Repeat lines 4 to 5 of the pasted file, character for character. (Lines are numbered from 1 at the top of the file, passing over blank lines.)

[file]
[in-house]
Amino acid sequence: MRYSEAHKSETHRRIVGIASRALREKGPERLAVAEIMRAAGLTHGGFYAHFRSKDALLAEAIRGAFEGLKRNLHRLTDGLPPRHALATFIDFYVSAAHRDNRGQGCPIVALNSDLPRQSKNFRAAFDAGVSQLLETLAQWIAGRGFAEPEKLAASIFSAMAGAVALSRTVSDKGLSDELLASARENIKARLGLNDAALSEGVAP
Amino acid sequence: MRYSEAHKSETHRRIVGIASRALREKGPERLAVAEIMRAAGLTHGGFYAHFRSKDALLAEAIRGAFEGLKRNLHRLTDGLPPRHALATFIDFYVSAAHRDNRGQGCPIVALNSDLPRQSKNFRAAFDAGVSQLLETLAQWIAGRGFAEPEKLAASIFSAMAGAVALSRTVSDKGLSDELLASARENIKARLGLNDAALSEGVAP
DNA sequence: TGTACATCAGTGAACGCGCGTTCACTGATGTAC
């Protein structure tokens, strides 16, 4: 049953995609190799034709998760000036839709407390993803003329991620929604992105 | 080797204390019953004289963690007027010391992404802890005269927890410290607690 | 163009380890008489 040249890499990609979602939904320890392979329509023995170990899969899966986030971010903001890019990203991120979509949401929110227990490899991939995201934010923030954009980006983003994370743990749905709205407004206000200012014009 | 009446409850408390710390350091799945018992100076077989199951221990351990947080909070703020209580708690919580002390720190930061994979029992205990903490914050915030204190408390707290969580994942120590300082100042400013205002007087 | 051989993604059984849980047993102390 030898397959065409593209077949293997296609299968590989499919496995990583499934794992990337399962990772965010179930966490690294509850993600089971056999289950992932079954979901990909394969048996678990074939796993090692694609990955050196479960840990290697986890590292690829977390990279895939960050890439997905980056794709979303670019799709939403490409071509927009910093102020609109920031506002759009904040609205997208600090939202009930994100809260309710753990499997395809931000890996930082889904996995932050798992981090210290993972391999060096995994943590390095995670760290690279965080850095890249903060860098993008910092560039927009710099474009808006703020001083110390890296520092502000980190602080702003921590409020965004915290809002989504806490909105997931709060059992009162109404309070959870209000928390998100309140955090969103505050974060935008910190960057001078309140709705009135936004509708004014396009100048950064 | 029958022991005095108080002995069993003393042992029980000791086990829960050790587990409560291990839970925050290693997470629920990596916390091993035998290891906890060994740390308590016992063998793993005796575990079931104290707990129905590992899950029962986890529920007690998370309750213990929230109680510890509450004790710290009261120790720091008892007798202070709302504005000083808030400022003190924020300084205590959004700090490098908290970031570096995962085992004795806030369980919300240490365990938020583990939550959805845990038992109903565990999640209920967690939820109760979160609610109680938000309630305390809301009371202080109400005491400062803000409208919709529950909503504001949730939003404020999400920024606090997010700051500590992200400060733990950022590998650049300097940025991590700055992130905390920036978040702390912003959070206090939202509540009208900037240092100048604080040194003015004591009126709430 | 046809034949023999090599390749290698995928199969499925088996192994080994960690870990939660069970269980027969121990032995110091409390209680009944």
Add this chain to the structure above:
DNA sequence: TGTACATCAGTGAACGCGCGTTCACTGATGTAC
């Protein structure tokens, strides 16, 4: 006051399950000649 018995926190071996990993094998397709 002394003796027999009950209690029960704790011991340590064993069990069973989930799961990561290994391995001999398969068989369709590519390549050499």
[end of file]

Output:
DNA sequence: TGTACATCAGTGAACGCGCGTTCACTGATGTAC
């Protein structure tokens, strides 16, 4: 049953995609190799034709998760000036839709407390993803003329991620929604992105 | 080797204390019953004289963690007027010391992404802890005269927890410290607690 | 163009380890008489 040249890499990609979602939904320890392979329509023995170990899969899966986030971010903001890019990203991120979509949401929110227990490899991939995201934010923030954009980006983003994370743990749905709205407004206000200012014009 | 009446409850408390710390350091799945018992100076077989199951221990351990947080909070703020209580708690919580002390720190930061994979029992205990903490914050915030204190408390707290969580994942120590300082100042400013205002007087 | 051989993604059984849980047993102390 030898397959065409593209077949293997296609299968590989499919496995990583499934794992990337399962990772965010179930966490690294509850993600089971056999289950992932079954979901990909394969048996678990074939796993090692694609990955050196479960840990290697986890590292690829977390990279895939960050890439997905980056794709979303670019799709939403490409071509927009910093102020609109920031506002759009904040609205997208600090939202009930994100809260309710753990499997395809931000890996930082889904996995932050798992981090210290993972391999060096995994943590390095995670760290690279965080850095890249903060860098993008910092560039927009710099474009808006703020001083110390890296520092502000980190602080702003921590409020965004915290809002989504806490909105997931709060059992009162109404309070959870209000928390998100309140955090969103505050974060935008910190960057001078309140709705009135936004509708004014396009100048950064 | 029958022991005095108080002995069993003393042992029980000791086990829960050790587990409560291990839970925050290693997470629920990596916390091993035998290891906890060994740390308590016992063998793993005796575990079931104290707990129905590992899950029962986890529920007690998370309750213990929230109680510890509450004790710290009261120790720091008892007798202070709302504005000083808030400022003190924020300084205590959004700090490098908290970031570096995962085992004795806030369980919300240490365990938020583990939550959805845990038992109903565990999640209920967690939820109760979160609610109680938000309630305390809301009371202080109400005491400062803000409208919709529950909503504001949730939003404020999400920024606090997010700051500590992200400060733990950022590998650049300097940025991590700055992130905390920036978040702390912003959070206090939202509540009208900037240092100048604080040194003015004591009126709430 | 046809034949023999090599390749290698995928199969499925088996192994080994960690870990939660069970269980027969121990032995110091409390209680009944």